Start new paragraphs with statistics to keep the user engaged.
Cover one key idea per single paragraph.
Utilize bold lettering to highlight a critical point.
3. Using The Wrong CTA's On User Segments
Testing your call-to-action (CTA) copy can lead to major conversion rate gains, and can sometimes have surprising results.
An A/B split test was conducted that tested two CTA variations: shop now vs. buy now. The test produced a massive 17% improvement in conversions from using the CTA buy now.
While removing the word "shop" may seem trivial, the science behind using "buy now" instead of "shop now" and the results gained from this simple adjustment makes a great deal of sense.
Buy now is better suited for retargeting an audience that has already seen a product. For example, if a user has visited a product description page (PDP) and didn't convert but sees the product again and clicks over to the PDP, the CTA text that would resonate with the user would be to buy the specific product, not to shop around for other products.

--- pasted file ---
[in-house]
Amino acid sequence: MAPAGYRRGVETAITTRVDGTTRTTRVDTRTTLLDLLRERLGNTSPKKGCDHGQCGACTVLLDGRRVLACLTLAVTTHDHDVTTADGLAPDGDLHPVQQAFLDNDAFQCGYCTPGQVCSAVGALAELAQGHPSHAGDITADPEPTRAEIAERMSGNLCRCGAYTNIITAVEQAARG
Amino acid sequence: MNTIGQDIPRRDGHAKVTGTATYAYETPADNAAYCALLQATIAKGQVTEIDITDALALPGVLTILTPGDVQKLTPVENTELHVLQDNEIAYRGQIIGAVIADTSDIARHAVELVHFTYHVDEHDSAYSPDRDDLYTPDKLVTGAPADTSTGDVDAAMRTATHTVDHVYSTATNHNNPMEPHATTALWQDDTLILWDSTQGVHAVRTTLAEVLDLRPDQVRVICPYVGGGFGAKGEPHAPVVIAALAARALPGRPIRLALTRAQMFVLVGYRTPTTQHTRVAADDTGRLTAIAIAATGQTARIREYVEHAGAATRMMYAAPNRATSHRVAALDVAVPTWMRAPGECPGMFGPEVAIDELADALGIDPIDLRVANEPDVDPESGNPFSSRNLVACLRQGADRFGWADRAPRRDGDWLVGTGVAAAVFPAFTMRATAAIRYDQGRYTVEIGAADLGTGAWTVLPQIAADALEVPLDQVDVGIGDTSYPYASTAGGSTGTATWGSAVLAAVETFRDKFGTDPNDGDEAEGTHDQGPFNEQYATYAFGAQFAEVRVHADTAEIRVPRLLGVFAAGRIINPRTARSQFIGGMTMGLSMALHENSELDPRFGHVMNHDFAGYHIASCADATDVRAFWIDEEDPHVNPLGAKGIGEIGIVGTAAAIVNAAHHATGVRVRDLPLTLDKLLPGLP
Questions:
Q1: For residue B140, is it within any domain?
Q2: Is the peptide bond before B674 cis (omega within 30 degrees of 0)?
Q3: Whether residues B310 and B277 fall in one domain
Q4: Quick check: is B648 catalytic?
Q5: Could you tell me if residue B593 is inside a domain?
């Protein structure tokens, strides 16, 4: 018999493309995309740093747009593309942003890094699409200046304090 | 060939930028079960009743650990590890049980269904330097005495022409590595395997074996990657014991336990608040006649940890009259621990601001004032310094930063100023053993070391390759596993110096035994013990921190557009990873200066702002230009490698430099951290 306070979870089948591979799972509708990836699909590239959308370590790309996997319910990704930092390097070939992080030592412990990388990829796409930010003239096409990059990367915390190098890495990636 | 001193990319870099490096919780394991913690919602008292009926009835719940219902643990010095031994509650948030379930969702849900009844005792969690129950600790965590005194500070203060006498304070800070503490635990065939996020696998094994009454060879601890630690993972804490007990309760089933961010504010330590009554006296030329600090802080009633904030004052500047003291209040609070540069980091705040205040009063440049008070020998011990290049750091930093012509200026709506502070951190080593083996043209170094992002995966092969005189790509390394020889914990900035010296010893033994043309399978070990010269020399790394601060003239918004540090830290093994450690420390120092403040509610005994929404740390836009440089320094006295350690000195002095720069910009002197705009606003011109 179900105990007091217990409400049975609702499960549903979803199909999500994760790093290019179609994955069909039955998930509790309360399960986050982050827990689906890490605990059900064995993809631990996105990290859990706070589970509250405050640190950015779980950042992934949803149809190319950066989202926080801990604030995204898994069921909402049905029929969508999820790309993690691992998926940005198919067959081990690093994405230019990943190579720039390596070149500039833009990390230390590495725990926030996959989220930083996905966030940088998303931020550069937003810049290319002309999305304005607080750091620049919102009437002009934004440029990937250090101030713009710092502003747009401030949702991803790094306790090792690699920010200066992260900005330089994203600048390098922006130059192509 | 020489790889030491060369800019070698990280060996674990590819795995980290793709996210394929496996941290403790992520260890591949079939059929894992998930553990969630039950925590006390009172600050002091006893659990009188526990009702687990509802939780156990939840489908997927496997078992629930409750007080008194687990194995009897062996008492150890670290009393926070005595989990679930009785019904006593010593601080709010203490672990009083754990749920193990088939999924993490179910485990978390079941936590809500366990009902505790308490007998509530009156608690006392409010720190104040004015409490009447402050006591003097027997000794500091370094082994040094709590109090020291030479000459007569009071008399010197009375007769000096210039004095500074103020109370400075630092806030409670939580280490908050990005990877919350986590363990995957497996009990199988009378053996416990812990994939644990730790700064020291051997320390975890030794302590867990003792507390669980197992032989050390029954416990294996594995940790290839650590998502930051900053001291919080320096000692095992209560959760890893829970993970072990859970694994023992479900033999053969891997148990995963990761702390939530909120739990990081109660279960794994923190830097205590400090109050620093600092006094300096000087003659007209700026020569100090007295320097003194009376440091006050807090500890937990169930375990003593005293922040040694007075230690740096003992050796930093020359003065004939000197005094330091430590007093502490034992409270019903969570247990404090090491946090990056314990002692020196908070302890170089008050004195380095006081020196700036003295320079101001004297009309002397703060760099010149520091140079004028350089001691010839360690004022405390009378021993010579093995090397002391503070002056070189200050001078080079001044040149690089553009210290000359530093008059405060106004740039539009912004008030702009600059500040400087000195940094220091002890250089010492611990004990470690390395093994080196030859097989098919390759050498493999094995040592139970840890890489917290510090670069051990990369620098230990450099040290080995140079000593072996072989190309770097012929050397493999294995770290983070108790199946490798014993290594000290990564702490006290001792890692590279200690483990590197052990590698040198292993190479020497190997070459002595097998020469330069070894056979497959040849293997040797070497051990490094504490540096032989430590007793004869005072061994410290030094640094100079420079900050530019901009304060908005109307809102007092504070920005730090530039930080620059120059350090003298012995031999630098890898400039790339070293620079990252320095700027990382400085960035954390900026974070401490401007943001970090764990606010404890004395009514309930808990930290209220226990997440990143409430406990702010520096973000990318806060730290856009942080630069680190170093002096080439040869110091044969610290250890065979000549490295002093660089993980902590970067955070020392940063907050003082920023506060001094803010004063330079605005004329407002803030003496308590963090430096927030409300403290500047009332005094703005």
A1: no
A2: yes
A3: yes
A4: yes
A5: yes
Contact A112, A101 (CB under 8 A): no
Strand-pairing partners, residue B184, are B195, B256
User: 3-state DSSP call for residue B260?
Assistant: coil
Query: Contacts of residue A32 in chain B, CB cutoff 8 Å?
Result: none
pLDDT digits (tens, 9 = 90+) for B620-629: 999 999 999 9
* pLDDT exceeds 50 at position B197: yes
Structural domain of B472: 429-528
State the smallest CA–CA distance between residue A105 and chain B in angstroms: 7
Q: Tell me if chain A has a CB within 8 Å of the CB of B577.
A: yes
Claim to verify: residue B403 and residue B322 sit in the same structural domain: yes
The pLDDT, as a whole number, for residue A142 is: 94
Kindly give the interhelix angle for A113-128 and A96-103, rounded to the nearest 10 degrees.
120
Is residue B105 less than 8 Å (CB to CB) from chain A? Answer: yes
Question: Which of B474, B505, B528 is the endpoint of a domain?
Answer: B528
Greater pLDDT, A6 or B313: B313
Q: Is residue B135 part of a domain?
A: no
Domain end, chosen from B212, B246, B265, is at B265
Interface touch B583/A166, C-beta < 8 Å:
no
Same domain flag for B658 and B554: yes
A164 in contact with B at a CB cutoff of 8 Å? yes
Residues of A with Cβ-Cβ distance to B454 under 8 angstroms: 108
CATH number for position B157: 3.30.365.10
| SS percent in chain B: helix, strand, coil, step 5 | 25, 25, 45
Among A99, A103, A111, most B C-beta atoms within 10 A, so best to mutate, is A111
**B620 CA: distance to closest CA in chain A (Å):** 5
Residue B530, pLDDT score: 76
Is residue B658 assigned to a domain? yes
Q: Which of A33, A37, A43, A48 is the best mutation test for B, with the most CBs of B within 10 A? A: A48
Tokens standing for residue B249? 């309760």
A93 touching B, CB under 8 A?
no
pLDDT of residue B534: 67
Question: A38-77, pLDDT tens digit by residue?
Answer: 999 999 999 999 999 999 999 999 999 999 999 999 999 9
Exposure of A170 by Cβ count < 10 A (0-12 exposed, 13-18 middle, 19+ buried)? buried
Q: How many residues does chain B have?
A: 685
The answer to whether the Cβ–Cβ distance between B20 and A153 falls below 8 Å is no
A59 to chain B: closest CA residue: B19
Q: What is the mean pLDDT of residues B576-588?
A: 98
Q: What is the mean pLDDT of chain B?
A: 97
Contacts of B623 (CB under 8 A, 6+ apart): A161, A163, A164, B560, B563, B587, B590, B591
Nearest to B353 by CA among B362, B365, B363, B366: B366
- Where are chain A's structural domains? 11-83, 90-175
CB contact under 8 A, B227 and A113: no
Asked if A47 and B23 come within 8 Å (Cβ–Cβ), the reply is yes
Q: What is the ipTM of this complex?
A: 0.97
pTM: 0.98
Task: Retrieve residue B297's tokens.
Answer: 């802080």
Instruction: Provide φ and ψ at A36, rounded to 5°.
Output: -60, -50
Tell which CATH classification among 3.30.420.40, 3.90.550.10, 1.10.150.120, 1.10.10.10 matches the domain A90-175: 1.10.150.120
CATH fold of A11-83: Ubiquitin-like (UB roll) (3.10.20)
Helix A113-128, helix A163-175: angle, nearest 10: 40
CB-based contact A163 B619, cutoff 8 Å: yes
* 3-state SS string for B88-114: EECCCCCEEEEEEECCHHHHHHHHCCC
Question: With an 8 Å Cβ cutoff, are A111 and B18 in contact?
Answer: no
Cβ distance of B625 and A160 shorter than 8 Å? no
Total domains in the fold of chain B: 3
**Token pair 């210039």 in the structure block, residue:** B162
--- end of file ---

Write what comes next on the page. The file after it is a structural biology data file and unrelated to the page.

Furthermore, buy now is a direct statement and places action front and center for users to go through the checkout process vs. casual browsing from just shopping around.
When testing your CTA's, consider the user segment first and foremost. For example, are your users in the top funnel awareness phase vs. bottom-funnel? Or perhaps they are somewhere in the middle of the consideration phase.
Make sure to align your CTA statements with the AIDA framework.
For awareness, consider testing the following CTA's:
For interest, consider testing the following CTA's:
Find out more
For desire, consider testing the following CTA's:
If a user has already made steps toward the conversion path, stating "continue" as your CTA once the user revisits your landing page from a retargeted ad will further push users along the conversion path.
For action, consider testing the following CTA's:
Add to cart now